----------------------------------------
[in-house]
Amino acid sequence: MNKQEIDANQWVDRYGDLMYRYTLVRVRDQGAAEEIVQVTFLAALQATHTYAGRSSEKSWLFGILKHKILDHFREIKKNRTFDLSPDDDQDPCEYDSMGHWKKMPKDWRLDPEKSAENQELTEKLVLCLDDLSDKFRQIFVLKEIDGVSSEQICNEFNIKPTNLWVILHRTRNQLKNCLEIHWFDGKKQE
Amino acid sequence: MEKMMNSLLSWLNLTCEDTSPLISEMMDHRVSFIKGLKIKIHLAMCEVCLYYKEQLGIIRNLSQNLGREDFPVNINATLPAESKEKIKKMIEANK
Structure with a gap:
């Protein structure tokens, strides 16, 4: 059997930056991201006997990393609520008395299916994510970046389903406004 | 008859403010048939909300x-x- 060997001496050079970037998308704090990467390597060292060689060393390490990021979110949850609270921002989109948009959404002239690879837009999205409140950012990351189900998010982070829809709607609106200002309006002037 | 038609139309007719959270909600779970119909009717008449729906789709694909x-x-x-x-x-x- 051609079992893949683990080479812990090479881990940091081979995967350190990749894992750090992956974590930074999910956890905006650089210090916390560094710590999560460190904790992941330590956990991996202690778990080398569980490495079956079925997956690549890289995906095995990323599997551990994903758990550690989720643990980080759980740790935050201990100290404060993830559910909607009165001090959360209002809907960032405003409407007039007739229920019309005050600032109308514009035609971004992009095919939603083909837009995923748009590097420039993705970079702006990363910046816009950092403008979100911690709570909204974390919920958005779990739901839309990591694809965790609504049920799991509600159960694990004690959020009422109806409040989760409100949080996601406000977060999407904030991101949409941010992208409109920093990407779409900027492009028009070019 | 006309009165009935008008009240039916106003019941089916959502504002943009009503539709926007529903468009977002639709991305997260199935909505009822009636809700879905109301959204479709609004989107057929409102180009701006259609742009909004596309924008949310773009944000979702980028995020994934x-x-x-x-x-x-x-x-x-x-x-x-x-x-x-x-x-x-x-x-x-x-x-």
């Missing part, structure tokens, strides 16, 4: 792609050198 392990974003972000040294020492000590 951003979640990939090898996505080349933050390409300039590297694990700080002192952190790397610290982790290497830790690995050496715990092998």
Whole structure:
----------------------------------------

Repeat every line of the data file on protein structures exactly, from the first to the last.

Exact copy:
[in-house]
Amino acid sequence: MNKQEIDANQWVDRYGDLMYRYTLVRVRDQGAAEEIVQVTFLAALQATHTYAGRSSEKSWLFGILKHKILDHFREIKKNRTFDLSPDDDQDPCEYDSMGHWKKMPKDWRLDPEKSAENQELTEKLVLCLDDLSDKFRQIFVLKEIDGVSSEQICNEFNIKPTNLWVILHRTRNQLKNCLEIHWFDGKKQE
Amino acid sequence: MEKMMNSLLSWLNLTCEDTSPLISEMMDHRVSFIKGLKIKIHLAMCEVCLYYKEQLGIIRNLSQNLGREDFPVNINATLPAESKEKIKKMIEANK
Structure with a gap:
């Protein structure tokens, strides 16, 4: 059997930056991201006997990393609520008395299916994510970046389903406004 | 008859403010048939909300x-x- 060997001496050079970037998308704090990467390597060292060689060393390490990021979110949850609270921002989109948009959404002239690879837009999205409140950012990351189900998010982070829809709607609106200002309006002037 | 038609139309007719959270909600779970119909009717008449729906789709694909x-x-x-x-x-x- 051609079992893949683990080479812990090479881990940091081979995967350190990749894992750090992956974590930074999910956890905006650089210090916390560094710590999560460190904790992941330590956990991996202690778990080398569980490495079956079925997956690549890289995906095995990323599997551990994903758990550690989720643990980080759980740790935050201990100290404060993830559910909607009165001090959360209002809907960032405003409407007039007739229920019309005050600032109308514009035609971004992009095919939603083909837009995923748009590097420039993705970079702006990363910046816009950092403008979100911690709570909204974390919920958005779990739901839309990591694809965790609504049920799991509600159960694990004690959020009422109806409040989760409100949080996601406000977060999407904030991101949409941010992208409109920093990407779409900027492009028009070019 | 006309009165009935008008009240039916106003019941089916959502504002943009009503539709926007529903468009977002639709991305997260199935909505009822009636809700879905109301959204479709609004989107057929409102180009701006259609742009909004596309924008949310773009944000979702980028995020994934x-x-x-x-x-x-x-x-x-x-x-x-x-x-x-x-x-x-x-x-x-x-x-």
């Missing part, structure tokens, strides 16, 4: 792609050198 392990974003972000040294020492000590 951003979640990939090898996505080349933050390409300039590297694990700080002192952190790397610290982790290497830790690995050496715990092998």
Whole structure: